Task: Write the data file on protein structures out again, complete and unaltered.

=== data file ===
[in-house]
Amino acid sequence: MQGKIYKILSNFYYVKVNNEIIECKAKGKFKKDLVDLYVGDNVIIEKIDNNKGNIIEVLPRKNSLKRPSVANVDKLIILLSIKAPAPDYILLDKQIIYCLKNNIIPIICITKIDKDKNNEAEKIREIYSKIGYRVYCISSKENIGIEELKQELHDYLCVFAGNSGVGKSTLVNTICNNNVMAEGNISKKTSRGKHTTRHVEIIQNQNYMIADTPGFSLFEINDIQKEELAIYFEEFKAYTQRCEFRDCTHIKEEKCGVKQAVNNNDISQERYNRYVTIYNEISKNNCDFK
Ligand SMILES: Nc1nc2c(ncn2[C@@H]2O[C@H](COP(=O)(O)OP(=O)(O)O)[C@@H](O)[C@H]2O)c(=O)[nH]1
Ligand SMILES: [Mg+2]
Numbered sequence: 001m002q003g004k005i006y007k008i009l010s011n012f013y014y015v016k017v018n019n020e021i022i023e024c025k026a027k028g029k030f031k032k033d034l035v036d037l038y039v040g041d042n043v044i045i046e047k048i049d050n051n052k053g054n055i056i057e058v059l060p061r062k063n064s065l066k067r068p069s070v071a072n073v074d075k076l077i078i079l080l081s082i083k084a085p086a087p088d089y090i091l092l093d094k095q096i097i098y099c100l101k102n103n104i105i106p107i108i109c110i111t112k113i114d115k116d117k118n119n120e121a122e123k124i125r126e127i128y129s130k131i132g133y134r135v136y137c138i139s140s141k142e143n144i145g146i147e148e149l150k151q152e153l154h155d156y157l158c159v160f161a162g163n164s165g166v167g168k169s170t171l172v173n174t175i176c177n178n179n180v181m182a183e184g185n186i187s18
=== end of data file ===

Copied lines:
[in-house]
Amino acid sequence: MQGKIYKILSNFYYVKVNNEIIECKAKGKFKKDLVDLYVGDNVIIEKIDNNKGNIIEVLPRKNSLKRPSVANVDKLIILLSIKAPAPDYILLDKQIIYCLKNNIIPIICITKIDKDKNNEAEKIREIYSKIGYRVYCISSKENIGIEELKQELHDYLCVFAGNSGVGKSTLVNTICNNNVMAEGNISKKTSRGKHTTRHVEIIQNQNYMIADTPGFSLFEINDIQKEELAIYFEEFKAYTQRCEFRDCTHIKEEKCGVKQAVNNNDISQERYNRYVTIYNEISKNNCDFK
Ligand SMILES: Nc1nc2c(ncn2[C@@H]2O[C@H](COP(=O)(O)OP(=O)(O)O)[C@@H](O)[C@H]2O)c(=O)[nH]1
Ligand SMILES: [Mg+2]
Numbered sequence: 001m002q003g004k005i006y007k008i009l010s011n012f013y014y015v016k017v018n019n020e021i022i023e024c025k026a027k028g029k030f031k032k033d034l035v036d037l038y039v040g041d042n043v044i045i046e047k048i049d050n051n052k053g054n055i056i057e058v059l060p061r062k063n064s065l066k067r068p069s070v071a072n073v074d075k076l077i078i079l080l081s082i083k084a085p086a087p088d089y090i091l092l093d094k095q096i097i098y099c100l101k102n103n104i105i106p107i108i109c110i111t112k113i114d115k116d117k118n119n120e121a122e123k124i125r126e127i128y129s130k131i132g133y134r135v136y137c138i139s140s141k142e143n144i145g146i147e148e149l150k151q152e153l154h155d156y157l158c159v160f161a162g163n164s165g166v167g168k169s170t171l172v173n174t175i176c177n178n179n180v181m182a183e184g185n186i187s18